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recovering carbon fibers from composite materials that are discarded

Researchers show how the mechanical qualities of recovered carbon fibers are preserved through thermal degradation in superheated steam.

By Francis DamiPublished 6 months ago 3 min read

Researchers show how the mechanical qualities of recovered carbon fibers are preserved through thermal degradation in superheated steam.

Our journey towards sustainable societies must include minimizing energy consumption, and advanced materials are essential to this goal. Composite materials, such as carbon-fiber-reinforced plastics (CFRPs) and carbon-fiber-reinforced thermoplastics (CFRTPs), have the potential to greatly increase energy efficiency across a range of applications.

Carbon fibers are incorporated into a polymer matrix, like epoxy resin, to create these composites. The fuel consumption of cars, spacecraft, and airplanes can be significantly decreased by using CFRPs and CFRTPs because of their exceptional mechanical strength and low weight. They are also resistant to corrosion and long-lasting, which makes them ideal for renewable energy applications like wind turbines.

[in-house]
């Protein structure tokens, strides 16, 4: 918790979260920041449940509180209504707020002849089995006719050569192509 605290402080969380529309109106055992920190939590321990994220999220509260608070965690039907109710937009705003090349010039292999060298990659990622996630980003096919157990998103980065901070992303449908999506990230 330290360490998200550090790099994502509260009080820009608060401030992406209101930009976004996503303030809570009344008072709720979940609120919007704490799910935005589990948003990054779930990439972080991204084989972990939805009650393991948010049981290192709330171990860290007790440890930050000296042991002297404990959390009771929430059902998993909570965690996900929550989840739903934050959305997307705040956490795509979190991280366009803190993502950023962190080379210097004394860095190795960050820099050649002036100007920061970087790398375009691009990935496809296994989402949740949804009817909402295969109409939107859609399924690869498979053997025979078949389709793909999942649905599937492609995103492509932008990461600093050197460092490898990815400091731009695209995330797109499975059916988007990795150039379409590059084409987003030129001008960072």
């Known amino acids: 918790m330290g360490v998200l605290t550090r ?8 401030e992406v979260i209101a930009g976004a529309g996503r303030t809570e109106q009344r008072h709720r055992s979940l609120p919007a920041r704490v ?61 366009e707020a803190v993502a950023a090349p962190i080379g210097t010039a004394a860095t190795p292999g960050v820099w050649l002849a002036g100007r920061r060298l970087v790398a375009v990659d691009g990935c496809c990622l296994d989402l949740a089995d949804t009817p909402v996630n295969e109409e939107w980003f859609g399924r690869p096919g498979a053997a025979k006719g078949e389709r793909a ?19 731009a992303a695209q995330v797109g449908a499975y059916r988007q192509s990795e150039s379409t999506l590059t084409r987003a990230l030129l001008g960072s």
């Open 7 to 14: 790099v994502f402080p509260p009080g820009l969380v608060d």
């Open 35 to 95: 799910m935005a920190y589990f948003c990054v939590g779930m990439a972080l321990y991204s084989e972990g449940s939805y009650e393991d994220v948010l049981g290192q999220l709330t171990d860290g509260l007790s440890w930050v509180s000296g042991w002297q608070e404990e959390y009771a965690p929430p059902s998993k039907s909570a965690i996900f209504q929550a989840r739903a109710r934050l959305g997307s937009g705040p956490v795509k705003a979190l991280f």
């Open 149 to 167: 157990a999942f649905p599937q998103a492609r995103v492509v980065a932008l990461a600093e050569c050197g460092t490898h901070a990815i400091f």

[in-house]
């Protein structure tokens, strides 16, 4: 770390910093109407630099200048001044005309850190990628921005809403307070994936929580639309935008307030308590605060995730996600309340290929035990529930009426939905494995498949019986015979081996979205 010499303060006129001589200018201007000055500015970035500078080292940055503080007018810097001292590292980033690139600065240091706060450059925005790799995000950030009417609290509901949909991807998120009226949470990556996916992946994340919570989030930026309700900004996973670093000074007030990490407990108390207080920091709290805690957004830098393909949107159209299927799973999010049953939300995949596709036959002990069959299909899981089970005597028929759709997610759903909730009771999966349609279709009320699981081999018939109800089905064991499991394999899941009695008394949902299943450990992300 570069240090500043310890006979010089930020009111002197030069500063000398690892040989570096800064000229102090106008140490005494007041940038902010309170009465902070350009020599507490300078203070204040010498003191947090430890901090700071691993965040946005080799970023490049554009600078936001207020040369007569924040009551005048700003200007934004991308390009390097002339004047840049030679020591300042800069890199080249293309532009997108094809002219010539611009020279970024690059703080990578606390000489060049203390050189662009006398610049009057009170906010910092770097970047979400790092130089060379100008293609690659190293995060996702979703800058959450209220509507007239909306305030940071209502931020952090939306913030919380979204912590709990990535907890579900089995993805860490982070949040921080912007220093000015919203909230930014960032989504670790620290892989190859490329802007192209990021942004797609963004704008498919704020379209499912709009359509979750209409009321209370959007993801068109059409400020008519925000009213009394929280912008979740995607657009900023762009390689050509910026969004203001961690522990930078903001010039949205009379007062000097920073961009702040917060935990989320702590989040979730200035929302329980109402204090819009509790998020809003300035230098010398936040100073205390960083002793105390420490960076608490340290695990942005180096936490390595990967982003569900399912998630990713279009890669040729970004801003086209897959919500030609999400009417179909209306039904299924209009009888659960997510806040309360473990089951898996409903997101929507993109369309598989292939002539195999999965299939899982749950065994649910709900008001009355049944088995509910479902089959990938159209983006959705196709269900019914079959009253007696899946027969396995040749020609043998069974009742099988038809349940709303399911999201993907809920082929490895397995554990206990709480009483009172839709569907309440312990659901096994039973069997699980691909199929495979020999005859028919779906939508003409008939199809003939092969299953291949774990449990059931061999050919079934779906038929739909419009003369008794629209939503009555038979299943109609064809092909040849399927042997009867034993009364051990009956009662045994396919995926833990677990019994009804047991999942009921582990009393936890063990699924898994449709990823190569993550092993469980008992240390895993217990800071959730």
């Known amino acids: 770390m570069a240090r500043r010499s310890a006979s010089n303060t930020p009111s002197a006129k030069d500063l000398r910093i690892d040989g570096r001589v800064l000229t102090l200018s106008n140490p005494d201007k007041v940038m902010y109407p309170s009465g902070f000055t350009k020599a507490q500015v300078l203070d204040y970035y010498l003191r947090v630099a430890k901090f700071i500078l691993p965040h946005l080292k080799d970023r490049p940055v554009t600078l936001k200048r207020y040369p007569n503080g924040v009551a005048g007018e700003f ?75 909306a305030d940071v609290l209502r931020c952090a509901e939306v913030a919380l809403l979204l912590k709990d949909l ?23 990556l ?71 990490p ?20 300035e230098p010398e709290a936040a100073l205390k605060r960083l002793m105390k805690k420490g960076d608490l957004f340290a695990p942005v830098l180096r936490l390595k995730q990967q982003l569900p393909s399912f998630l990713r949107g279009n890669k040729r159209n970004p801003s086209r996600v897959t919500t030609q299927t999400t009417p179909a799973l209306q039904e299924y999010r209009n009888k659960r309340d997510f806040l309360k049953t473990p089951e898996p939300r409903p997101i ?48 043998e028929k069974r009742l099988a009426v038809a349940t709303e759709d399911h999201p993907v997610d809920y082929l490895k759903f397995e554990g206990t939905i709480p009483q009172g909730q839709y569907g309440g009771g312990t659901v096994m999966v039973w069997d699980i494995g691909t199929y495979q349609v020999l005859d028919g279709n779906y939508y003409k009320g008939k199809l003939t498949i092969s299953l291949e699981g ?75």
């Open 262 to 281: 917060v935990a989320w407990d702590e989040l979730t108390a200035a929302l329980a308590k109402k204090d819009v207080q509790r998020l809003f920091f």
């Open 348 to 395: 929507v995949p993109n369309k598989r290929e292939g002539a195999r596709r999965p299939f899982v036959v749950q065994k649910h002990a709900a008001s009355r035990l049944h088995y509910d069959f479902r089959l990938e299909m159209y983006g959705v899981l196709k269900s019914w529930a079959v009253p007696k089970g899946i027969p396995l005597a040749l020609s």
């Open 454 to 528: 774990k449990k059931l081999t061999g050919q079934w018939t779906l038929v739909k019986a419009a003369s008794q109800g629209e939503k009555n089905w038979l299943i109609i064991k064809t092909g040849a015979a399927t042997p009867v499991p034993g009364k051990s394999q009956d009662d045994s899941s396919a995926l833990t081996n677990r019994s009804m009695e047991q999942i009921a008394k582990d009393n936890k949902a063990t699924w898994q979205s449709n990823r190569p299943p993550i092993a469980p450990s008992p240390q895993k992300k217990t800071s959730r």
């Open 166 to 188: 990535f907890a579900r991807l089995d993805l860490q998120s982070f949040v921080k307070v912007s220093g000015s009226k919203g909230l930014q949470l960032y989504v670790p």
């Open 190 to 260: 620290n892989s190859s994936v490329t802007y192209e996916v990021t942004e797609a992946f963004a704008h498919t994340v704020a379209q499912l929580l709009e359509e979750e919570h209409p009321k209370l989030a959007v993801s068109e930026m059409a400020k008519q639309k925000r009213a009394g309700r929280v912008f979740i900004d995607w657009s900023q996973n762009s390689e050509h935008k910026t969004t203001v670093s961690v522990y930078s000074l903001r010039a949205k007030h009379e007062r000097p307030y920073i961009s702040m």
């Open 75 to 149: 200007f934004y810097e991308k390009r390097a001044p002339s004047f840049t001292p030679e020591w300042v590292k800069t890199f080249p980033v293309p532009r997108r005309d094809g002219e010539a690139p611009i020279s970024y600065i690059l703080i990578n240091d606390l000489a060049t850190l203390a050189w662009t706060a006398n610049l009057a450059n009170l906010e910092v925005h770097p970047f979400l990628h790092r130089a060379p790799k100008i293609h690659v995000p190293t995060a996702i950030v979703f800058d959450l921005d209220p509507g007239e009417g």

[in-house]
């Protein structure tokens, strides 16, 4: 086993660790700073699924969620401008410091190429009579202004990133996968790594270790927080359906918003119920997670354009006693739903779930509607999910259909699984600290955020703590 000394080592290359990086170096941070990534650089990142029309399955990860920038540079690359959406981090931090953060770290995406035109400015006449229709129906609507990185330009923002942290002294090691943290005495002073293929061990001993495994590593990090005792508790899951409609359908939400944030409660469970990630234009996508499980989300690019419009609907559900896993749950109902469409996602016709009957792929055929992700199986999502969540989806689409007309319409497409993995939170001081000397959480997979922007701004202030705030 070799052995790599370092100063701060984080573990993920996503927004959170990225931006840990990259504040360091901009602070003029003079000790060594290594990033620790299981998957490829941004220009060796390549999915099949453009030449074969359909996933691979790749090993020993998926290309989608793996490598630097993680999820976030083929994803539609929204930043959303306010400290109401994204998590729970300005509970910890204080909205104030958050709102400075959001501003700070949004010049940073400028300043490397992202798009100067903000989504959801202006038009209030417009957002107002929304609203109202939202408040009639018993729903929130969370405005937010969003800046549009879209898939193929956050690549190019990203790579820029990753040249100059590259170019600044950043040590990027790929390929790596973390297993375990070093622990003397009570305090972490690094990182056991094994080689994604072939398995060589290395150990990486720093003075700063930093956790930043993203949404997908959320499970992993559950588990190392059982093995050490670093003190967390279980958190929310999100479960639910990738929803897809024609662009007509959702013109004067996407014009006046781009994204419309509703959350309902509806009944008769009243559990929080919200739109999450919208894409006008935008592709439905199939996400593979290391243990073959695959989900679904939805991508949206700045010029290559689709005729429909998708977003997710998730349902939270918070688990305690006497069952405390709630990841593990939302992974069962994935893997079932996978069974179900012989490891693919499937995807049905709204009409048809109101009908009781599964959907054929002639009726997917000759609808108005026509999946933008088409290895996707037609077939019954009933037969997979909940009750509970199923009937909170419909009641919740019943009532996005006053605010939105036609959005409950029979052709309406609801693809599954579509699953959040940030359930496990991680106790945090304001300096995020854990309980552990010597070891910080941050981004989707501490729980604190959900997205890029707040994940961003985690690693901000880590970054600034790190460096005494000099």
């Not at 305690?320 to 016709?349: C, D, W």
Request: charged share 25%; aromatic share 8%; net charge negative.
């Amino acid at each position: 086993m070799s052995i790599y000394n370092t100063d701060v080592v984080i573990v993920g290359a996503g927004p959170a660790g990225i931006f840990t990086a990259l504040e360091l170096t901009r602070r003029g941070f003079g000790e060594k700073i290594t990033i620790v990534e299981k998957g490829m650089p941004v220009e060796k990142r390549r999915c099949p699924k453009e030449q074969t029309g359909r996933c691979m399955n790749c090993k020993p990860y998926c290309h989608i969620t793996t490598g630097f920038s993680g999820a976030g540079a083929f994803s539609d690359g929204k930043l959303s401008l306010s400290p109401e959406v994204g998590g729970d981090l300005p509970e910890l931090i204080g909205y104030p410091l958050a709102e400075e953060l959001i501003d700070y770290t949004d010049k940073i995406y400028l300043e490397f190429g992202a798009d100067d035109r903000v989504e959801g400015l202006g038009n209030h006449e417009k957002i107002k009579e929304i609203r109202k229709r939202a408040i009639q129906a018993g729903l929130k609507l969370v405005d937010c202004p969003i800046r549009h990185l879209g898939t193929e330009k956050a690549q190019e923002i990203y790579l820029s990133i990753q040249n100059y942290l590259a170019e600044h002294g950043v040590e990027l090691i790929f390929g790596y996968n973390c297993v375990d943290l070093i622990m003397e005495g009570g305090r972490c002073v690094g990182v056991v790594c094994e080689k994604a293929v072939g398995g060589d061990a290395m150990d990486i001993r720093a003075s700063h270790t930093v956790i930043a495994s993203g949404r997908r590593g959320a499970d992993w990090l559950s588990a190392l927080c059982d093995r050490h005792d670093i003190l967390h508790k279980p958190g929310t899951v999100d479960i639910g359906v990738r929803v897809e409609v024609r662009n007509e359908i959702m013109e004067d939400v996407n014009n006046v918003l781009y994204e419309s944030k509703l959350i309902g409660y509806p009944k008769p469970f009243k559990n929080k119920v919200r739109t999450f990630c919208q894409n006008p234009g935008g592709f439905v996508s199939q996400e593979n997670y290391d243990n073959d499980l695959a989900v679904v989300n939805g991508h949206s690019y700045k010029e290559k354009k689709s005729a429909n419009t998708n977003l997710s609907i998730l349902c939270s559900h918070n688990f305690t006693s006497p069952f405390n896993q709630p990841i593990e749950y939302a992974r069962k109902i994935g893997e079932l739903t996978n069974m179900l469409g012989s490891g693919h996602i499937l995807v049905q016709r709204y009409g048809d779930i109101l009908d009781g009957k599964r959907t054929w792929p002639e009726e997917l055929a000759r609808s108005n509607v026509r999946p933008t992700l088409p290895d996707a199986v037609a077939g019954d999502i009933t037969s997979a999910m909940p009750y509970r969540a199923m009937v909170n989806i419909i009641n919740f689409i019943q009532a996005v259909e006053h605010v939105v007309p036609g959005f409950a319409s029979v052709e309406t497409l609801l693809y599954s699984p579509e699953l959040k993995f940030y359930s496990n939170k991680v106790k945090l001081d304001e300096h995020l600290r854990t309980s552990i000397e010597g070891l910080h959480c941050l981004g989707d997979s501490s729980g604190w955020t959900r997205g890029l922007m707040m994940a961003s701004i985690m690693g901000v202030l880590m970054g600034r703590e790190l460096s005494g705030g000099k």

The need for CFRPs and CFRTPs has skyrocketed in the last several years. But this also implies that there is a sharp rise in the quantity of CFRP/CFRTP waste. Because the process of producing carbon fibers requires a lot of energy, scientists have been searching for ways to recover them from CFRP/CFRTP waste through a process called "reclamation" that can be done economically. The most successful method to date appears to be thermal decomposition or pyrolysis; however, maintaining the mechanical qualities of the recovered fibers has proven difficult.

Amidst this context, scientists at Doshisha University in Japan endeavored to examine the advantages of performing CFRP/CFRTP pyrolysis in a superheated steam (SHS) environment rather than the conventional atmosphere. Associate Professor Kiyotaka Obunai and Professor Kazuya Okubo disseminated their research findings to illuminate this novel strategy in a paper that was recently published in Composites Part A: Applied Science and Manufacturing. Volume 176 of the journal will publish the study on January 01, 2024, after it was made available online on October 17, 2023.

It is rather simple to understand why pyrolysis should be carried out in a SHS atmosphere. "SHS not only creates a low-oxygen environment that prevents carbon fibers from oxidizing, but it also removes polymer residues from the surface of the reclaimed fibers," says Dr. Obunai. The performance of real CFRP composites manufactured with reclaimed carbon fibers was assessed by the researchers in addition to testing the fibers' mechanical properties. To achieve this, they performed Izod impact strength tests and bending strength tests, which evaluate a material's resistance to abrupt blows and its capacity to bear applied loads, respectively.